Justice or Mercy

How can God be just?

This past week, a terror attack in Belgium rocked the world. As the bereaved mourned their dead in the city square, cries for justice went up among angry young men who wish to impose their own form of justice upon the perpetrators. Easter Sunday saw another attack, this time on children and families at an amusement park in Pakistan.

As we watch these stories unfold, our hearts break. We clamor for justice. At least, we think that is what we want.

But where does the human version of justice draw the line? But what if the victim of injustice becomes the perpetrator and commits an equally heinous act? Do we ask for justice for thieves who act out of desperation and addiction? What about people who lie to their employers or cheat on their income tax? How about justice for parents who scream in anger at their children? Or children who rebel against their parents? Do we really want justice for these things or do they fall a little too close to home?

What if justice were to fall upon us or those we love?

This justice that shows up in Revelation 16 makes us uncomfortable. How could a loving God appear so vindictive and angry that He would destroy the world he made? It is a question worth wrestling over.

Humanly speaking, the best judge in the land is incapable of fully righteous judgement. Romans 3:10 explains the state of our righteousness. It does not exist.

Our BSF teaching leader used the example of a pilot who cannot always discern the horizon when flying from visual cues. Errors in judging whether the plane is flying right side up or upside down can be fatal. Our perception of the horizon is skewed by our own biases and desires. None of us is capable of figuring out the exact point of reference for justice. We have no clue and we don’t have to look far to see how seldom anything resembling real justice gets meted out.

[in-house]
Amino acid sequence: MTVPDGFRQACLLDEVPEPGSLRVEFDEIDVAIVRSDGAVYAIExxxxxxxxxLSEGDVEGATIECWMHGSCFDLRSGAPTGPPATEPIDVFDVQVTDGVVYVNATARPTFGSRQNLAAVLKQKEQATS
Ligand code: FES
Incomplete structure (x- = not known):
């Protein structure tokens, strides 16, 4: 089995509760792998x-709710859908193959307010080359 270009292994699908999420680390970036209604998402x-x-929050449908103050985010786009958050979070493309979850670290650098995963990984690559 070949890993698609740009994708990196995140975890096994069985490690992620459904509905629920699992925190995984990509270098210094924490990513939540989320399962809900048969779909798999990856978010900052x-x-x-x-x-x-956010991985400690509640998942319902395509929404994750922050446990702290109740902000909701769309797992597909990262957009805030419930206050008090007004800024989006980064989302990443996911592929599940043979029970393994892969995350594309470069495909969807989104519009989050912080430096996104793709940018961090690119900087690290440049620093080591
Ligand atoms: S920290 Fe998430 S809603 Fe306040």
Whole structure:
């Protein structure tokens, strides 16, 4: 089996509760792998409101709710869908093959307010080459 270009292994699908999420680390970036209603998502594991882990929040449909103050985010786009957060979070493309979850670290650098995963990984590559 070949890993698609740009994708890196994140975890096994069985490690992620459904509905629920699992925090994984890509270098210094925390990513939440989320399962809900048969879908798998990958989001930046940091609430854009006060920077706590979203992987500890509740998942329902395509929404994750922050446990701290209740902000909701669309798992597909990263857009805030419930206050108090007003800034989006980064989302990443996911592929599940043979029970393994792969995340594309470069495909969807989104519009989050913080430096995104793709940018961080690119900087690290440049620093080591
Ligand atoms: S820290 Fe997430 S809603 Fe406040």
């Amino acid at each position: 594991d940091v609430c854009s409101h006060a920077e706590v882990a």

That is why we need someone with precise objectivity.  God’s perfect character, like the horizon for the pilot, informs his perfect justice which will come when the time is right.

Perhaps what we view as injustice is actually God’s mercy, allowing opportunity for the most egregious of offenders to repent before they face final judgement.  Not that they deserve God’s mercy; none of us do. Even if we like to think our “lesser” sins qualify us for mercy that murderers, thieves and rapists are not entitled to,  God is “not wishing that any should perish, but that all should reach repentance.” (2 Peter 3:9)

Even the apostle Paul had been a full participant in injustice. He counted himself as the worst of offenders (1 Timothy 1:15). It is a good thing I didn’t get to be judge and jury before Paul experienced God’s mercy.  As a recipient of God’s grace Paul has been sharing his testimony through his words ever since, even centuries beyond his human life.

God’s mercy and justice are the great equalizers. His completely fair and righteous justice will apply to every infraction no matter how small and His mercy, through Jesus, is available to every offender who would repent and believe no matter how great the sin. That means me, you and the terrorist.

Note: This series of blogs, while growing out of a “Bible Study Fellowship” (BSF) study of Revelation, is not affiliated or endorsed by BSF. Nor are these writings any sort of definitive theological commentary. The opinions expressed here are simply my own thoughts and reflections on the book and what I am learning from the study. Scripture passages quoted are from the NIV unless otherwise stated.
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One Response to Justice or Mercy

  1. Emily Conrad says:

    This is a wonderful look at justice and mercy, two themes that pop up repeatedly in my fiction 🙂 What a great point about how good it is we didn’t have the chance to judge Paul before he experienced Christ!

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